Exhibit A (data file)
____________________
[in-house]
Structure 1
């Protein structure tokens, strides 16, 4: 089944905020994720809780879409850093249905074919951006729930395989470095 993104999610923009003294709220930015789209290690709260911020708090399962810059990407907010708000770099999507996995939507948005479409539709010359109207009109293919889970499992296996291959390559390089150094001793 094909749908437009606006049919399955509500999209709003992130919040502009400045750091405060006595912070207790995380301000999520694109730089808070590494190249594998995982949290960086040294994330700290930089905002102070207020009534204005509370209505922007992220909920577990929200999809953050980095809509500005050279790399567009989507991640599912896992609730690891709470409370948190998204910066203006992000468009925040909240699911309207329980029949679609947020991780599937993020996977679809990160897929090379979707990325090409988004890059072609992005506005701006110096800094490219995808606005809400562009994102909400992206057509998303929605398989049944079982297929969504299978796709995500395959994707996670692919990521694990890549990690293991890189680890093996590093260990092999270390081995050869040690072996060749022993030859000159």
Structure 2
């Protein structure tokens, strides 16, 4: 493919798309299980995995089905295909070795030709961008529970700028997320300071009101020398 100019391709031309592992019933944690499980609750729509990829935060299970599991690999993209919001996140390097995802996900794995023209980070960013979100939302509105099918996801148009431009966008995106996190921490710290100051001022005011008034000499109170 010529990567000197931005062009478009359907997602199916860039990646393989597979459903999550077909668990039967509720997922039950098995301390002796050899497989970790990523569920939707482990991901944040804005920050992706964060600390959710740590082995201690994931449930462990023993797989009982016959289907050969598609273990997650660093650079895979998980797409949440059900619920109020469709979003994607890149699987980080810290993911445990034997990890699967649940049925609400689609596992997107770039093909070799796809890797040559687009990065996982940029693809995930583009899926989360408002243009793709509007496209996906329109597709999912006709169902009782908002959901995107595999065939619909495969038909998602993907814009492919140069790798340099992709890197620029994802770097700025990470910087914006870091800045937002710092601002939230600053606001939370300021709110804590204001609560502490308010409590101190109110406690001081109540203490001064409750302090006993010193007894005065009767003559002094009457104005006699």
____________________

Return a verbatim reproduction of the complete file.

[in-house]
Structure 1
């Protein structure tokens, strides 16, 4: 089944905020994720809780879409850093249905074919951006729930395989470095 993104999610923009003294709220930015789209290690709260911020708090399962810059990407907010708000770099999507996995939507948005479409539709010359109207009109293919889970499992296996291959390559390089150094001793 094909749908437009606006049919399955509500999209709003992130919040502009400045750091405060006595912070207790995380301000999520694109730089808070590494190249594998995982949290960086040294994330700290930089905002102070207020009534204005509370209505922007992220909920577990929200999809953050980095809509500005050279790399567009989507991640599912896992609730690891709470409370948190998204910066203006992000468009925040909240699911309207329980029949679609947020991780599937993020996977679809990160897929090379979707990325090409988004890059072609992005506005701006110096800094490219995808606005809400562009994102909400992206057509998303929605398989049944079982297929969504299978796709995500395959994707996670692919990521694990890549990690293991890189680890093996590093260990092999270390081995050869040690072996060749022993030859000159």
Structure 2
């Protein structure tokens, strides 16, 4: 493919798309299980995995089905295909070795030709961008529970700028997320300071009101020398 100019391709031309592992019933944690499980609750729509990829935060299970599991690999993209919001996140390097995802996900794995023209980070960013979100939302509105099918996801148009431009966008995106996190921490710290100051001022005011008034000499109170 010529990567000197931005062009478009359907997602199916860039990646393989597979459903999550077909668990039967509720997922039950098995301390002796050899497989970790990523569920939707482990991901944040804005920050992706964060600390959710740590082995201690994931449930462990023993797989009982016959289907050969598609273990997650660093650079895979998980797409949440059900619920109020469709979003994607890149699987980080810290993911445990034997990890699967649940049925609400689609596992997107770039093909070799796809890797040559687009990065996982940029693809995930583009899926989360408002243009793709509007496209996906329109597709999912006709169902009782908002959901995107595999065939619909495969038909998602993907814009492919140069790798340099992709890197620029994802770097700025990470910087914006870091800045937002710092601002939230600053606001939370300021709110804590204001609560502490308010409590101190109110406690001081109540203490001064409750302090006993010193007894005065009767003559002094009457104005006699």